In 2015, Gabe Sheoships walked the banks of the Umatilla River in northeastern Oregon. Holding a gaff, a long pole ending in a hook for spearing fish, he approached a large pool holding a group of Chinook salmon.
“Never in my life have I seen that many salmon return,” Sheoships says.
But his gaff wasn’t working properly. So he pulled out his pocket knife and dove to the bottom of the pool, stabbing a salmon. The fish would provide a meal, just as it had for the people who lived off the river for thousands of years. He hopes to pass the tradition on to his sons — but he’s going to have to fight for it.
Despite the large run of salmon and steelhead in 2015, the number of fish returning to the Columbia River and its tributaries each season represents a fraction of historical salmon runs. As Oregon’s once plentiful wild salmon populations succumb to habitat loss, hydropower, hatchery fish and climate change, Indigenous tribes struggle to preserve their traditional way of life and relationship to this symbolic fish.
It’s unclear exactly how abundant wild salmon were before the white development of western Oregon in the mid-19th century. According to Jeremy FiveCrows, a public affairs specialist for the Columbia River Inter-Tribal Fish Commission, an estimated 17 million salmon once filled the Columbia River Basin. As of 2014, under two million remain. These massive spring Chinook salmon and winter steelhead runs sustained Indigenous populations in the Columbia Basin, including on the Willamette River. Not only were the salmon large and packed with protein, but the runs were predictable. Born in freshwater, they would journey to the ocean and return to the rivers to spawn, or breed, at certain times each year.
According to the Columbia River Inter-Tribal Fish Commission, these traditional food sources are a staple of Indigenous cultural identity in the Pacific Northwest. The salmon runs are celebrated as a renewal of life each year and allows the transfer of traditional values from generation to generation. The commission says that without salmon returning to the rivers they “would cease to be Indian people.”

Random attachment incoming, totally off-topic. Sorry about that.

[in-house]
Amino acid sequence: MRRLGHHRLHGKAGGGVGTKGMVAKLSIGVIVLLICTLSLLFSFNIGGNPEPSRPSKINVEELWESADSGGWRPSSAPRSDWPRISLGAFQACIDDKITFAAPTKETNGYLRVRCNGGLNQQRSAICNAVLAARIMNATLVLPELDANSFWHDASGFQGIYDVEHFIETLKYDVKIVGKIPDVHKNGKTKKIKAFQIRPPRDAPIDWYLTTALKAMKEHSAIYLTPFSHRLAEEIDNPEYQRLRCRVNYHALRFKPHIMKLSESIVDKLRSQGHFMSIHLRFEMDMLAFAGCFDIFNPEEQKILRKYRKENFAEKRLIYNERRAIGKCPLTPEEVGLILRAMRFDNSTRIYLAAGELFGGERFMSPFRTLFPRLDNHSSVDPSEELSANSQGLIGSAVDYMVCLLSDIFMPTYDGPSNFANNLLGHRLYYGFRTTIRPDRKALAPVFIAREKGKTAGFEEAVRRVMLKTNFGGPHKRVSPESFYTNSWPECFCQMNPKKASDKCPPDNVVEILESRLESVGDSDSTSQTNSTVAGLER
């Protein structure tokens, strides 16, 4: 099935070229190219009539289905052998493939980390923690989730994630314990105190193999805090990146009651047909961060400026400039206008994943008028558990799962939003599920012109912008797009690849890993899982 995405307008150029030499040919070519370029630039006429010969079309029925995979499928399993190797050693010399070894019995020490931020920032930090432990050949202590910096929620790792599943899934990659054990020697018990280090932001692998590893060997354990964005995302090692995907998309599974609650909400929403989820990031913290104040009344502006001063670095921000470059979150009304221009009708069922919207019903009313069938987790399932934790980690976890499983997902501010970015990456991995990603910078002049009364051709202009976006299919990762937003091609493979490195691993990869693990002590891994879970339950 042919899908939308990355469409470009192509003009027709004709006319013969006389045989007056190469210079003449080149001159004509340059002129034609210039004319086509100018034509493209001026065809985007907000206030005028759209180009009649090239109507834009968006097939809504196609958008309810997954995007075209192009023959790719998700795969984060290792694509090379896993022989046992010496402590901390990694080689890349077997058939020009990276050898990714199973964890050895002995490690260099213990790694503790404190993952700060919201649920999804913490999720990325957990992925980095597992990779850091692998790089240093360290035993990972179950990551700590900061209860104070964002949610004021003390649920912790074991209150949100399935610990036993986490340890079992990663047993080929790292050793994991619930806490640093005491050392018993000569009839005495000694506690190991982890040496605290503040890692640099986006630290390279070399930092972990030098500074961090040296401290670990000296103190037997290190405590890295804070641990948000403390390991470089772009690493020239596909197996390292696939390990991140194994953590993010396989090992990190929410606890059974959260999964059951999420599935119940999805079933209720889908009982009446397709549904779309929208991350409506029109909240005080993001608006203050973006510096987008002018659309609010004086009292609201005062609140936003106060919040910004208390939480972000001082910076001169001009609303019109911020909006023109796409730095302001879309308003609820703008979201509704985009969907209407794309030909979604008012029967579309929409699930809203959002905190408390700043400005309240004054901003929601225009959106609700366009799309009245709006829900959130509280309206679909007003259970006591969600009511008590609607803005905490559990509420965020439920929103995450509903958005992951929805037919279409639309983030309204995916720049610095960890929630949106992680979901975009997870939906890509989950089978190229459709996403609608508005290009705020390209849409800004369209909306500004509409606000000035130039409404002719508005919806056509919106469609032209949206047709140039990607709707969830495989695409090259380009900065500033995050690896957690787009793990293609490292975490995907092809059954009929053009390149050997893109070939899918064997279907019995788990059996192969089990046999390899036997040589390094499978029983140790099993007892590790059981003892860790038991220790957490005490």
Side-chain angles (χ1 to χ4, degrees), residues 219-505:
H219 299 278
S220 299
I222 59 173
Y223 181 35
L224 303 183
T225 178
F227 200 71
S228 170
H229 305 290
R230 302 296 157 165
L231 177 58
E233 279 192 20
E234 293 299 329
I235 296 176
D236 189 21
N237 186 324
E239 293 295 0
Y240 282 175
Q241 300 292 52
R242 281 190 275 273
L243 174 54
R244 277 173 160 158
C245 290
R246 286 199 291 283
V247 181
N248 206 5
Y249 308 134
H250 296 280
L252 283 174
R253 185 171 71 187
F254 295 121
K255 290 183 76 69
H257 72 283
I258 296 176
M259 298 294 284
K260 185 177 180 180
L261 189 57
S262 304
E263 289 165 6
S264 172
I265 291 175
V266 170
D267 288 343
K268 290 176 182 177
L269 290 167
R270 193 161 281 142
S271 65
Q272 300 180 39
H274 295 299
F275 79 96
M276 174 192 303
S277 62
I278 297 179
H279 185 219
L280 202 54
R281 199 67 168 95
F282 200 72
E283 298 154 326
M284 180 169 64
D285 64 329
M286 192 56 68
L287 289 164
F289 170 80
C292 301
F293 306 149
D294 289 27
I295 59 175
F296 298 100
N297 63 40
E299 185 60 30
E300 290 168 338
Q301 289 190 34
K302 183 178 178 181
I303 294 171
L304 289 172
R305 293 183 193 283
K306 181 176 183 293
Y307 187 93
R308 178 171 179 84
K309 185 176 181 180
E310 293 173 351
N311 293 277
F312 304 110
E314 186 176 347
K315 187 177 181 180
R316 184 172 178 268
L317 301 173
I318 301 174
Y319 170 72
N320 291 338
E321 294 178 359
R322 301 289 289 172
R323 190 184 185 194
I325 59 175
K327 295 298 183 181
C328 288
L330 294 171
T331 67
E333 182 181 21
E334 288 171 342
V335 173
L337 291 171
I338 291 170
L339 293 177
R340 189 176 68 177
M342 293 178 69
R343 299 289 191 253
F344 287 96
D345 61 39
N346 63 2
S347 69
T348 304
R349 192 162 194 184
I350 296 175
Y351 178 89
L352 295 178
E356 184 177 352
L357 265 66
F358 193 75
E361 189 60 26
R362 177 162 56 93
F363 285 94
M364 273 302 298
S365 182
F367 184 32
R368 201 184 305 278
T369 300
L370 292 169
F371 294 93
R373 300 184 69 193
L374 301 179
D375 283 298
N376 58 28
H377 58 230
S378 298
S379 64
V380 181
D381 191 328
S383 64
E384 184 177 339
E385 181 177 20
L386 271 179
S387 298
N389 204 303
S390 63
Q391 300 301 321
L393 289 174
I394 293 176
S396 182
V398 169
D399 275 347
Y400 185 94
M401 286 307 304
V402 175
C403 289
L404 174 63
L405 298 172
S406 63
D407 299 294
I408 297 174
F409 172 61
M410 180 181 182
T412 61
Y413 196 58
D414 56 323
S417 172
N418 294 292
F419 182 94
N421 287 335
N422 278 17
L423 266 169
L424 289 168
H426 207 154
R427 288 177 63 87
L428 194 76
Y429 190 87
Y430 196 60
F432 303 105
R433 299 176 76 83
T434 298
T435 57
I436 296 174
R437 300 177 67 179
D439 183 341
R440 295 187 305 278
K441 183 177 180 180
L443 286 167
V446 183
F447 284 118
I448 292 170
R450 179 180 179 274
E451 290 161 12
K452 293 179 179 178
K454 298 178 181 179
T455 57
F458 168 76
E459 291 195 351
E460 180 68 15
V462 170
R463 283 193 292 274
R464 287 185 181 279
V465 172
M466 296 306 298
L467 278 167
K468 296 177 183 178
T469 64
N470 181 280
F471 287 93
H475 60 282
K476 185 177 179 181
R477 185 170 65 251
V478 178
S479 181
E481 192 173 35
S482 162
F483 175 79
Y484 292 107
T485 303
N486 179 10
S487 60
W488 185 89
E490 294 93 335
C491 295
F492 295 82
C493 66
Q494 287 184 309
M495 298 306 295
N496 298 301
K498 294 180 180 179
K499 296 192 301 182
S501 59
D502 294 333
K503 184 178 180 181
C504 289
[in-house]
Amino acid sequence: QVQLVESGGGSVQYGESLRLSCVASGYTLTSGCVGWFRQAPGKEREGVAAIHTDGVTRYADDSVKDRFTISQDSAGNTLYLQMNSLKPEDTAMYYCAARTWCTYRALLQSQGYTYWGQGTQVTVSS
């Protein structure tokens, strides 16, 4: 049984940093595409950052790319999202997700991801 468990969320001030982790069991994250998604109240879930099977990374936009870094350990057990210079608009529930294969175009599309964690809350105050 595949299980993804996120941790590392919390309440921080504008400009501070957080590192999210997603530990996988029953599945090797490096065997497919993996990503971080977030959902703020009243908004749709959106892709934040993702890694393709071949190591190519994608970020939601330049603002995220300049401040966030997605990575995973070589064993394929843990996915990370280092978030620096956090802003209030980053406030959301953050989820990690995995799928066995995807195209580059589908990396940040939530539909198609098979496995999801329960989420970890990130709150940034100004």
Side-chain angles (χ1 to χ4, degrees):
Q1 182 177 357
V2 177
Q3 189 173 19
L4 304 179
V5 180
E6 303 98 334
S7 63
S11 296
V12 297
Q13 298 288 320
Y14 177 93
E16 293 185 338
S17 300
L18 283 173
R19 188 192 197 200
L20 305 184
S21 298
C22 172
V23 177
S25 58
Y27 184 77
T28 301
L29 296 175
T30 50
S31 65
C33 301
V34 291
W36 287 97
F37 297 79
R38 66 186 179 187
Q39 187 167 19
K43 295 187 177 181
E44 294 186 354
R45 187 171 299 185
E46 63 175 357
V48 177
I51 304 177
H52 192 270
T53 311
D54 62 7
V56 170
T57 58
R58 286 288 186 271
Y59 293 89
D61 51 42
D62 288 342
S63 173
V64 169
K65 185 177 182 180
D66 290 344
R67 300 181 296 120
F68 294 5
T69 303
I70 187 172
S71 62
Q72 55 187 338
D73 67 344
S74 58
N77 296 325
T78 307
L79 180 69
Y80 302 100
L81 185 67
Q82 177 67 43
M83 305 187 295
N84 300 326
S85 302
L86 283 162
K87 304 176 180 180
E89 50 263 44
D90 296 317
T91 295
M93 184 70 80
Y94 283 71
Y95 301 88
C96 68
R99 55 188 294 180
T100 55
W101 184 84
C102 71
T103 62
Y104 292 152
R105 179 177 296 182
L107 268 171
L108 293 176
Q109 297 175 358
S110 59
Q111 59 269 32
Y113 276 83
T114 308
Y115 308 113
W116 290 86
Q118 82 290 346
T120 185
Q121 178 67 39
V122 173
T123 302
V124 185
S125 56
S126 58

“It’s a whole culture that’s based on a place and these sacred foods that are all of a sudden going away, declining or moving into other ranges,” FiveCrows says. “That is a huge problem for a culture that’s based on those foods.”
Sheoships, a Cayuse/Walla Walla tribal citizen, works as a fisheries biologist and Indigenous educator at Portland State University and as the executive director of Friends of Tryon Creek, a non-profit organization focusing on education about the natural world. He teaches about “first foods,” the foods Indigenous people traditionally hunted and harvested in the region: berries, roots, deer, elk and salmon.
“Salmon is essential to both sustenance and lifestyle, fishing, harvesting, gathering and also to survival,” Sheoships says. “Salmon were and are an important piece of culture in the Pacific Northwest.”
Sheoships says there’s still a group of tribal citizens who live year-round on the Columbia River in fishing camps. They depend on salmon and steelhead for their diets, trade and local economies.
According to Jeremy Romer, assistant biologist for the South Willamette Watershed District, salmon are also an essential part of the ecosystem. After their ocean runs, salmon are much larger because the ocean environment provides more nutrients than a river does. The returning salmon spawn and die, and nutrients from their carcasses can be traced in trees and soil 100 yards away from the river.
The fish is critical to cultural and natural well-being in the Pacific Northwest. So what led to its decline?